Reportedly there are more than a half million men and women of all ages and ethnicity who make up the work force of the meat industry. Based on personal observations, gender representation on the production side of the business is pretty much evenly divided. Although such superficial characterizations are statistically important, workforce genotype offers more information about certain capabilities than phenotypes.
Question. Who is more ideal as a plant-floor supervisor — a man or a woman? The right answer is the person with the best credentials, the right attitude, and abundant patience. Anybody in a management or supervisory position knows what a trying job it is. Nonetheless, they must never forget the other side of the issue — some people should never have authority over another human being.
I’m reminded of a case involving my friend’s wife, who endured continued abuse from her boss at a small meat packing plant. She has a meat science degree, several years of experience — in quality assurance and at an ingredients company — and, as my friend and I both agree, she is a really nice person. My friend thinks the latter quality is her undoing. Her boss yelled, belittled, and made unreasonable requests of her. Why didn’t she just quit? Well, that’s for another column.
This discussion is about aggression in the workplace with exhibits from the American Meat Institute Foundation’s Annual Conference on Worker Safety Health & Human Resources.
One after another, a list of impressive speakers tackled the issue in some fashion. Of particular note, is the session on workplace violence presented by Dennis Davis, Ph.D., of FL-based Aon Risk Services Inc.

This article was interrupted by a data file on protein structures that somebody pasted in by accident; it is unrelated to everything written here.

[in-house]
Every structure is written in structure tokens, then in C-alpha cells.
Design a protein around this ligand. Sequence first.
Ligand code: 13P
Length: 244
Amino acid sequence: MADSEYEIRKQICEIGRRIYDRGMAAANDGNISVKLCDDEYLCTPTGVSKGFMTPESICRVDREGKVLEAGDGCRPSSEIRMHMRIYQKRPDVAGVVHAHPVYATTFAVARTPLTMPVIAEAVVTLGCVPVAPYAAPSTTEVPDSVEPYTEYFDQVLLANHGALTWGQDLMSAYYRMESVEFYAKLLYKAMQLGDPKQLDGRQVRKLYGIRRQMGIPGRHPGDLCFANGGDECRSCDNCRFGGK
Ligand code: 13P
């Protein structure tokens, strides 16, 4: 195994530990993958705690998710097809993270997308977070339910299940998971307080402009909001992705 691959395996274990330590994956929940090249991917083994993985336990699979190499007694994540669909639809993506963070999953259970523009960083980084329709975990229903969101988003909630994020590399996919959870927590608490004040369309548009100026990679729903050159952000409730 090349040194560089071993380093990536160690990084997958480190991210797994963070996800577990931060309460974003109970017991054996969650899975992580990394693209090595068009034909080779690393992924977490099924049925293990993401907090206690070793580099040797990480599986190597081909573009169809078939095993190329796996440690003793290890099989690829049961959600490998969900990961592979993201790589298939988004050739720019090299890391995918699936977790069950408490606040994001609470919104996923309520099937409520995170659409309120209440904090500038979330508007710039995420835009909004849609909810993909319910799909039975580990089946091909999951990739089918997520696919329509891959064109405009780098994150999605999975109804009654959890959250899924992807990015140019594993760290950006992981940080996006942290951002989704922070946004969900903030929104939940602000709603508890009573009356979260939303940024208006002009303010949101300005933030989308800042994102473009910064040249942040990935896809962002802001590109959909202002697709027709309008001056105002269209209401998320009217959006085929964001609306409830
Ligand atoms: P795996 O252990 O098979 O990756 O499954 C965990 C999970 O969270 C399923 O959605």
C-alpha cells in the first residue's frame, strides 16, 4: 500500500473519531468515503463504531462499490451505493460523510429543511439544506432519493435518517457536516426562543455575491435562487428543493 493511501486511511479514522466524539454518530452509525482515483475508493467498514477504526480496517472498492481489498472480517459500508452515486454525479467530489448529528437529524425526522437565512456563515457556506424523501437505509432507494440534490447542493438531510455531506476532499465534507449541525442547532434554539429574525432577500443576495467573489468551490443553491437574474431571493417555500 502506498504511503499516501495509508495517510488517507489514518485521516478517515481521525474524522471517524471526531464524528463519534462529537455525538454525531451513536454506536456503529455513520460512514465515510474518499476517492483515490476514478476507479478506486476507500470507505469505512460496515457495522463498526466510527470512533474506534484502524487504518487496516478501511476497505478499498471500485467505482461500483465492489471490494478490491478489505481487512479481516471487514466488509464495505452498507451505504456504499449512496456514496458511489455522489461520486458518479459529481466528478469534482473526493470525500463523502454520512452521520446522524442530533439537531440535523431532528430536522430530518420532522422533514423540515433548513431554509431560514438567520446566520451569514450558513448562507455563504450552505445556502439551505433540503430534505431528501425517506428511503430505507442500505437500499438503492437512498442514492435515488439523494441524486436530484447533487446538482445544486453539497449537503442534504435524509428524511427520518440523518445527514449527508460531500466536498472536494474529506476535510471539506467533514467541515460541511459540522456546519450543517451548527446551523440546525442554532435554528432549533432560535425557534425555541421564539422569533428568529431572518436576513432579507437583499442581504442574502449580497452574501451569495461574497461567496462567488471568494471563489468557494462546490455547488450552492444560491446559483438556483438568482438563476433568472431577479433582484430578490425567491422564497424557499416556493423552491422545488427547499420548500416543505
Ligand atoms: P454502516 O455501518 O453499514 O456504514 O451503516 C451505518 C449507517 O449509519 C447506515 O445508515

Another question. If you can’t control your own bad behavior, how can you be trusted to diffuse violent tendencies in the people you supervise? Insert your answer here.
We know workplace violence is no joke. We have situations in the industry to back this up. The overall statistics concerning workplace violence are astounding, however. Davis reported that 18,104 workplace injuries from assault happened in 2002 — 609 homicides. One in six violent crimes occurs at work — 7 percent of all rapes, 8 percent of all robberies, and 16 percent of all assaults.
Davis says you can’t manage what you can’t measure. Therefore, to deal with aggression one must first define it. The list includes verbal abuse, vandalism, bullying, sexual harassment, management-labor conflict, road- and air-rage, fist fighting, robbery, militancy and terrorism.
Moreover, effective aggression-control tactics are not altogether programmable. One can certainly learn proven techniques, but good instincts about human behavior can also come in handy. For example, body language communicates much about a person’s mindset, in addition to overt behavior.
Davis offers these warning signs of violent behavior: decreased or inconsistent productivity; social isolation and poor peer relationships; poor personal hygiene; and drastic changes in personality.
Fore warned is fore armed.
Not protecting and caring for employees is tantamount to not putting gasoline in vehicles and not changing the oil every 3,000 miles. Even a person inclined to aggression would not think of such carelessness. What to do about it? Regardless of your position in your organization, be watchful of those symptoms. The life you save could be your own. Enough said.